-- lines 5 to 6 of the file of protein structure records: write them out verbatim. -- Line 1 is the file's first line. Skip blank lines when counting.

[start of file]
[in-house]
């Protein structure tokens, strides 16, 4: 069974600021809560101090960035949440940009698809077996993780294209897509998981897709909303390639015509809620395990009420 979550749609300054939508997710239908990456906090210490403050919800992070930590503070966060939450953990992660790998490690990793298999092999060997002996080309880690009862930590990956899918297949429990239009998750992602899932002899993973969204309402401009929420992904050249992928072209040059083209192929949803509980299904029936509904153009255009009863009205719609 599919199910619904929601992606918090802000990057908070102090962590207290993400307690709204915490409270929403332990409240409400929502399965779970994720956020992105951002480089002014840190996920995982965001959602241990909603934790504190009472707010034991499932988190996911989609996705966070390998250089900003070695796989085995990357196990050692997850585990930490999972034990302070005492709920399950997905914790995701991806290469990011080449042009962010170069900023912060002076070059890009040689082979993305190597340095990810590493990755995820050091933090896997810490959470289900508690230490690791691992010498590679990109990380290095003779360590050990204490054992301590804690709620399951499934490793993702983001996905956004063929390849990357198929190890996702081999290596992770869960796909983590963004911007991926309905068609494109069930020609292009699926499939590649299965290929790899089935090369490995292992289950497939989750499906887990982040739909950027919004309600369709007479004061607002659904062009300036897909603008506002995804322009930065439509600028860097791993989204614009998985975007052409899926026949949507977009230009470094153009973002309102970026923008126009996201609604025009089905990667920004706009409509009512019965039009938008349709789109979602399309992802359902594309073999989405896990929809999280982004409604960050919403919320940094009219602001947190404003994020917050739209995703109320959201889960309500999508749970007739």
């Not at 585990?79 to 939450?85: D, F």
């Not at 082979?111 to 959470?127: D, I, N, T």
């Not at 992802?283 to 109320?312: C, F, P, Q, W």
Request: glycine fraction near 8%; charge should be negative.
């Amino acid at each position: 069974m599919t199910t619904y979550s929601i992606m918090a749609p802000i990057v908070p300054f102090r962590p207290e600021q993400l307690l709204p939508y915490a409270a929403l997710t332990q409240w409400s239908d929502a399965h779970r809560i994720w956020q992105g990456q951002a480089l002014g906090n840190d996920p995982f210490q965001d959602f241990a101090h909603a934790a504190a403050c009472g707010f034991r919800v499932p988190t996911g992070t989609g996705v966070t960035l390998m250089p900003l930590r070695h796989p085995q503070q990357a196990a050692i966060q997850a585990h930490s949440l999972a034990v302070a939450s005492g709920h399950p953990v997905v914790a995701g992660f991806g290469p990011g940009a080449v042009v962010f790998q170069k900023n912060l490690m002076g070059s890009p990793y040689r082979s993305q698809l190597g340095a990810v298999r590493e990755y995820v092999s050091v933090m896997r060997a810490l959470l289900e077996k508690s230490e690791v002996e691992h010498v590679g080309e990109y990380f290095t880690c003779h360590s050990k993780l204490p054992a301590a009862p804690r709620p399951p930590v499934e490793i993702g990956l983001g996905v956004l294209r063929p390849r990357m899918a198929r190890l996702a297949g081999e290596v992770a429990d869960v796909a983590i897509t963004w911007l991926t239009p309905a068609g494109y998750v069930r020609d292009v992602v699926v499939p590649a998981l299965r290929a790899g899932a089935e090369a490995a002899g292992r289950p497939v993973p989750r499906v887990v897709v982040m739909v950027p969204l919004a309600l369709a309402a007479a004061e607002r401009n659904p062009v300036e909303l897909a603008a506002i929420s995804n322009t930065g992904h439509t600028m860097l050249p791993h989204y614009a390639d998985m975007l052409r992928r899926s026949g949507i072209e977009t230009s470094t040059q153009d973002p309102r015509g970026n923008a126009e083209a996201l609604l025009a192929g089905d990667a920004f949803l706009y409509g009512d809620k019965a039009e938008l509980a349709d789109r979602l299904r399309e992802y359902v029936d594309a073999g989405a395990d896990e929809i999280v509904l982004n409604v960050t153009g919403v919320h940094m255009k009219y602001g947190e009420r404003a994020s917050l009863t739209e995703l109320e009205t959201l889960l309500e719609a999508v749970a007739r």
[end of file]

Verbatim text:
């Not at 992802?283 to 109320?312: C, F, P, Q, W």
Request: glycine fraction near 8%; charge should be negative.